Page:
ST. PAUL, Minn.
General Mills said Thursday it opposes a proposed Minnesota constitutional amendment to ban gay marriage, the largest company in the state to come out against the measure so far.
"We do not believe the proposed constitutional amendment is in the best interests of our employees or our state economy -- and as a Minnesota-based company we oppose it," Ken Charles, vice president of global diversity and inclusion for General Mills, wrote in a public blog post on the company's website. "We value diversity. We value inclusion. We always have . and we always will."
Minnesota already bans gay marriage by statute, but gay marriage opponents have said putting the ban in the state constitution would make it harder for courts to undo it. Voters will decide the issue in November.
Minnesota for Marriage, a main group pushing for the amendment's passage, accused General Mills of "pandering to a small but powerful interest group."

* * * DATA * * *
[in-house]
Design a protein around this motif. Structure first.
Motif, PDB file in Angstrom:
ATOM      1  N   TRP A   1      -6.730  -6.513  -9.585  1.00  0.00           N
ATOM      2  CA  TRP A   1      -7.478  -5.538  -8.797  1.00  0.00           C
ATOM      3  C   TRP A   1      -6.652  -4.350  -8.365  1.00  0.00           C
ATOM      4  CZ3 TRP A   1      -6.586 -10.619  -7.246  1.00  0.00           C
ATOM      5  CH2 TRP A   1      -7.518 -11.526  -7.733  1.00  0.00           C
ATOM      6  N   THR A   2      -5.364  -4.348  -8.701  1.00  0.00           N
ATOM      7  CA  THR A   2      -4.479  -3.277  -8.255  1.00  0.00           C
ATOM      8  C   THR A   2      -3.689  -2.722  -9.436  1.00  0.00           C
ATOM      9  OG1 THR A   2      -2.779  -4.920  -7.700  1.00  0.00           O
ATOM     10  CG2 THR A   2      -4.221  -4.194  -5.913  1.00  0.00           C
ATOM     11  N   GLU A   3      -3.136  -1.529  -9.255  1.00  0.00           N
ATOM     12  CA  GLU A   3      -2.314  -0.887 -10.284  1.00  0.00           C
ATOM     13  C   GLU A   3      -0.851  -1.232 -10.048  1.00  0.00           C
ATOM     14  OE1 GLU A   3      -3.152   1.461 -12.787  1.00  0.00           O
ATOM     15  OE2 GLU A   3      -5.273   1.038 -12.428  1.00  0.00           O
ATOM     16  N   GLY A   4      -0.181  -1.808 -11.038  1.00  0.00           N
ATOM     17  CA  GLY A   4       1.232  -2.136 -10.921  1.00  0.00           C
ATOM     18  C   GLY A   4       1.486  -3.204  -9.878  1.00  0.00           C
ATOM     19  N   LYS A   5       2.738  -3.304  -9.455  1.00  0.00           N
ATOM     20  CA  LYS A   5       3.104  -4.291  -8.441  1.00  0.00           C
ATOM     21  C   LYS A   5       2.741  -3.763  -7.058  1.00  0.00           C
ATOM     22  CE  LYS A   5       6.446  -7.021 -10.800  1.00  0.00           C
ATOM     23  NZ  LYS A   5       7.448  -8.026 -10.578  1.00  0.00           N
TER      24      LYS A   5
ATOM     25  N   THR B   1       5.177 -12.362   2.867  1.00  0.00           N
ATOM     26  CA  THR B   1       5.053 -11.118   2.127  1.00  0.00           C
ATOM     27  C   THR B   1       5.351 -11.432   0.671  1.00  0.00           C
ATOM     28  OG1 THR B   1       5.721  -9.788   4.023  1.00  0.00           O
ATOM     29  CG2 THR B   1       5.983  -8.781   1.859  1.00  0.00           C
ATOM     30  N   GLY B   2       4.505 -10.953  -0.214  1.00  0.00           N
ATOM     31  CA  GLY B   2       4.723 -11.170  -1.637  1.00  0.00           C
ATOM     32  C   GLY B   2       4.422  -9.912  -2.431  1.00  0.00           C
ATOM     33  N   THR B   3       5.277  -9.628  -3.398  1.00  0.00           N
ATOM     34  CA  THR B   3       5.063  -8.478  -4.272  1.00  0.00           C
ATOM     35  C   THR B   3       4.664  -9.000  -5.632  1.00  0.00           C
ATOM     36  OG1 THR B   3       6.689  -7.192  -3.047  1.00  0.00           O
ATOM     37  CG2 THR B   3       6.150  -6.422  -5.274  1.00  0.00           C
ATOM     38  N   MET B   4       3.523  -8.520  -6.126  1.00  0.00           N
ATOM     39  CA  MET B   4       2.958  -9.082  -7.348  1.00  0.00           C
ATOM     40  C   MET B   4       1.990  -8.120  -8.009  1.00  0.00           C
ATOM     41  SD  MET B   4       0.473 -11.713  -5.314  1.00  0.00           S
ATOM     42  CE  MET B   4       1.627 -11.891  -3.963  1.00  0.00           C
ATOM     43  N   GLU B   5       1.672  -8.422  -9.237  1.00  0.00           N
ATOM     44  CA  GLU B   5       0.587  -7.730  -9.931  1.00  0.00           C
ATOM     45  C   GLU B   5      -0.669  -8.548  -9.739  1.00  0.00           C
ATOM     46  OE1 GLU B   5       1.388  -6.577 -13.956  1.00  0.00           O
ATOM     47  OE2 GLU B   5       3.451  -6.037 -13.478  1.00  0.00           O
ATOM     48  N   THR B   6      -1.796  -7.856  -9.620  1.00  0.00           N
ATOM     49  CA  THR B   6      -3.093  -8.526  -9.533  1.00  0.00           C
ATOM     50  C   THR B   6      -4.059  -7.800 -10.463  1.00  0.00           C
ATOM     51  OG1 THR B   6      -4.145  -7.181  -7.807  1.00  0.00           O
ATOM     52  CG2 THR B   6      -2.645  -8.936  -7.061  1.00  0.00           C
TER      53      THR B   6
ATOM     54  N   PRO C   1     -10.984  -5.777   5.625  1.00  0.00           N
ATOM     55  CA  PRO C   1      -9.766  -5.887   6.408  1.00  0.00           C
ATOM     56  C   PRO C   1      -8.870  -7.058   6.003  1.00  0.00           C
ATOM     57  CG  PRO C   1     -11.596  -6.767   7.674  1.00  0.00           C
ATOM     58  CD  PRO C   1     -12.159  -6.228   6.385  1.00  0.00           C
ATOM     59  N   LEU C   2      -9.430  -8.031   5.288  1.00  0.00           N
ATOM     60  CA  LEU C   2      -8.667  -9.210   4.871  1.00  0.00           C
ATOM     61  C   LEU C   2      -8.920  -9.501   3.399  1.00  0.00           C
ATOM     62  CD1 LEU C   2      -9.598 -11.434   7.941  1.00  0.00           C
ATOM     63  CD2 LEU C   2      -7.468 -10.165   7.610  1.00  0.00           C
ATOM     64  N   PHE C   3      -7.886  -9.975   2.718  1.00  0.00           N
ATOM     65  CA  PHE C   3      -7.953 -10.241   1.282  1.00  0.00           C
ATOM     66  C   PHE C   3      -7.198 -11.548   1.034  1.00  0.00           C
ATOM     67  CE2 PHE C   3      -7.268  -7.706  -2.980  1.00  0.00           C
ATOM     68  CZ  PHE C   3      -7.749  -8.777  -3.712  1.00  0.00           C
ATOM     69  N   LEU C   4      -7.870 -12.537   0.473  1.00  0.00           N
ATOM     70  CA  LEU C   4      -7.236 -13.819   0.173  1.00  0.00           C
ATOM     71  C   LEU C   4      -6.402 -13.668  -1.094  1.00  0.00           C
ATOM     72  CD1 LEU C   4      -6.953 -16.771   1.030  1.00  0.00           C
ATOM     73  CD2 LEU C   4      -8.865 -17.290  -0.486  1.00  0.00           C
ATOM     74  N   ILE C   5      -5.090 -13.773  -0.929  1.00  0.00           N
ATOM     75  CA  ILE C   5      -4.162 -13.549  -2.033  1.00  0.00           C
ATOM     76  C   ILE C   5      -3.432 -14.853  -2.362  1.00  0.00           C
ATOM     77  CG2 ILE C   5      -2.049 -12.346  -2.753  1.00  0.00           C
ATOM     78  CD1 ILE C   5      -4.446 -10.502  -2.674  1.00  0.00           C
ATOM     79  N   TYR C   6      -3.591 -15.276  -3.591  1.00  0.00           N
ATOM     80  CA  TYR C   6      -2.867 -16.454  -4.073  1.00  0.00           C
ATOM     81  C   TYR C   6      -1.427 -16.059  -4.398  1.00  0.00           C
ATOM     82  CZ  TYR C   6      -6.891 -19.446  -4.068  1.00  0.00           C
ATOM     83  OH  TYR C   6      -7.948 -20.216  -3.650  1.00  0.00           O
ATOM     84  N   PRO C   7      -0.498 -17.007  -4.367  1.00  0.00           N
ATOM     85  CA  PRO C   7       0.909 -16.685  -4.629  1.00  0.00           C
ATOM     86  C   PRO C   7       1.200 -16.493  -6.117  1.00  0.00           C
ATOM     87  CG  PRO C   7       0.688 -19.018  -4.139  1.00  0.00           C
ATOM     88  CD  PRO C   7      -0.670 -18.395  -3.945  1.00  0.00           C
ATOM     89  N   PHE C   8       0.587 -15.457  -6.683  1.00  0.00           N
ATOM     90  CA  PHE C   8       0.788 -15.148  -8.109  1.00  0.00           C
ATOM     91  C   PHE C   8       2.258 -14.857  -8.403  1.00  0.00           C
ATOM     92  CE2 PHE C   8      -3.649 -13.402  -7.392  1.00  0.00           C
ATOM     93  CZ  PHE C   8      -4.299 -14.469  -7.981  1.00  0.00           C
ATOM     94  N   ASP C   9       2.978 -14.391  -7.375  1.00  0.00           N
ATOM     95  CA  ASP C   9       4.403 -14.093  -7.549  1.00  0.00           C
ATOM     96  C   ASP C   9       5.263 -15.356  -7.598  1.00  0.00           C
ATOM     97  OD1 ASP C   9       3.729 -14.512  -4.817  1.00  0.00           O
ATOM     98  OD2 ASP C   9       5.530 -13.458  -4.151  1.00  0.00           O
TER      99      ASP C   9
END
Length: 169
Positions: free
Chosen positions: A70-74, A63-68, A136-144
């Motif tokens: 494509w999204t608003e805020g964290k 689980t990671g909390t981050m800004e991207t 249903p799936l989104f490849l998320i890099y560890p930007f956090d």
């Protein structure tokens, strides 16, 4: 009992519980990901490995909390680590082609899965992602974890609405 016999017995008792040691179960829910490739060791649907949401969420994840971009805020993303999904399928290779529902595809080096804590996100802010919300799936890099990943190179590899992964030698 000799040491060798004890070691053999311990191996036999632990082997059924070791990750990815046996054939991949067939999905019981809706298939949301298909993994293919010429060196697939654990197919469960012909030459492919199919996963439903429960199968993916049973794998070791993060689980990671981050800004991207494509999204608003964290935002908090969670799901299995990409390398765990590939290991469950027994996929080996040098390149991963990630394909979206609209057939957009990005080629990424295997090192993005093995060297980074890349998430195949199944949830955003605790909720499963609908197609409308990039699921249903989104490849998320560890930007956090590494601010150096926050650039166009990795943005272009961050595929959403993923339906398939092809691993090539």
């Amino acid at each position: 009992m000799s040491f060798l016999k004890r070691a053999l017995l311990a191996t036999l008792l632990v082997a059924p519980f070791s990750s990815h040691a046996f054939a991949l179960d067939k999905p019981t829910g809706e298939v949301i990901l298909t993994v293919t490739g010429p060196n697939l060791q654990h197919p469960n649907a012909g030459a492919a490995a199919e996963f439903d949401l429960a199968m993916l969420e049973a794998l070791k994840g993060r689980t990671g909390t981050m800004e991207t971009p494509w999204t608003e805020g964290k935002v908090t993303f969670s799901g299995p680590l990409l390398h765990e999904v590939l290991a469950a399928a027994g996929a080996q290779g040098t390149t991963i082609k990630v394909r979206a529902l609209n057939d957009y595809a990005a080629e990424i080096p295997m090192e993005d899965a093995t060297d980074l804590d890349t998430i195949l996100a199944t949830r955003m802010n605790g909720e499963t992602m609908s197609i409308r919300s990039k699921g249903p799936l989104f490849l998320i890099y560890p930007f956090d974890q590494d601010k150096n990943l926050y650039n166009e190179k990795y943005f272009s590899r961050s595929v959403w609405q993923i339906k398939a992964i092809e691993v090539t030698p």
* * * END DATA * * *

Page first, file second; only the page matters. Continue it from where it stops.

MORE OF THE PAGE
"By taking this position, General Mills is saying to Minnesotans and people all around the globe that marriage doesn't matter to them," Chairman John Helmberger said in a statement.
St. Jude Medical has publicly opposed the proposal, as have executives from RBC Wealth Management and hospitality giant Carlson.
Businesses have found it can be risky to take sides on polarizing social issues. Target Corp. suffered a backlash two years ago after making a political donation to a Republican candidate for governor who opposed gay marriage. The company was criticized again earlier this month for selling gay pride T-shirts to raise money for a group working to defeat the gay marriage ban.
General Mills' blog post on Minnesota's proposed amendment banning gay marriage: